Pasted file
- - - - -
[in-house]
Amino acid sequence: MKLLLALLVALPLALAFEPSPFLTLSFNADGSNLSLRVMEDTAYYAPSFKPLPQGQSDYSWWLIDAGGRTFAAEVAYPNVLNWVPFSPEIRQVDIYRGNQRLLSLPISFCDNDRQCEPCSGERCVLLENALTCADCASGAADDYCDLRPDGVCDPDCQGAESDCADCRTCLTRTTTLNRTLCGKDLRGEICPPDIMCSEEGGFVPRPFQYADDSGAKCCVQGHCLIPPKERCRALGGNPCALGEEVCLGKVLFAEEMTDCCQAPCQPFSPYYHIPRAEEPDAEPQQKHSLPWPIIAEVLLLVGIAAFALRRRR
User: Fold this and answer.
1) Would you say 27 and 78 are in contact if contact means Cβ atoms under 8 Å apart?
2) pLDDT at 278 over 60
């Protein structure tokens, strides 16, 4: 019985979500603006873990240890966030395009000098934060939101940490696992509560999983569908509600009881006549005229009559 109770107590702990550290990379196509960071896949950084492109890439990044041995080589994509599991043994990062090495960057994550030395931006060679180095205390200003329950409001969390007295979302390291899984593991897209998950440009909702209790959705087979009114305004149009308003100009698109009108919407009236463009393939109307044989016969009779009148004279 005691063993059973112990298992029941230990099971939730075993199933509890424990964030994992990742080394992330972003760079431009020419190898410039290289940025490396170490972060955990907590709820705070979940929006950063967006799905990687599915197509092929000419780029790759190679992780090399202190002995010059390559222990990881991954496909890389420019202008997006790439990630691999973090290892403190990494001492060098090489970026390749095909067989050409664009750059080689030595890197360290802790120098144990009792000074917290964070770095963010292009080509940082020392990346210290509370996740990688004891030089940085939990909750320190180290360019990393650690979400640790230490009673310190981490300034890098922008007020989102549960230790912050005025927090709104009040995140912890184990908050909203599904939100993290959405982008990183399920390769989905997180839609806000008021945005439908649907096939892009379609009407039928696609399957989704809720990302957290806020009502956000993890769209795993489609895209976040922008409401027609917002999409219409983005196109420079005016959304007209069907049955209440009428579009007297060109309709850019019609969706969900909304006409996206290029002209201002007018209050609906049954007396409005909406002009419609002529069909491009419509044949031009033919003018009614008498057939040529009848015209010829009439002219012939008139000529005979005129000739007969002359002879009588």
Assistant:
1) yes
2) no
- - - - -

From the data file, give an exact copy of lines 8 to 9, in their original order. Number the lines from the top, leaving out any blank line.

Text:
1) yes
2) no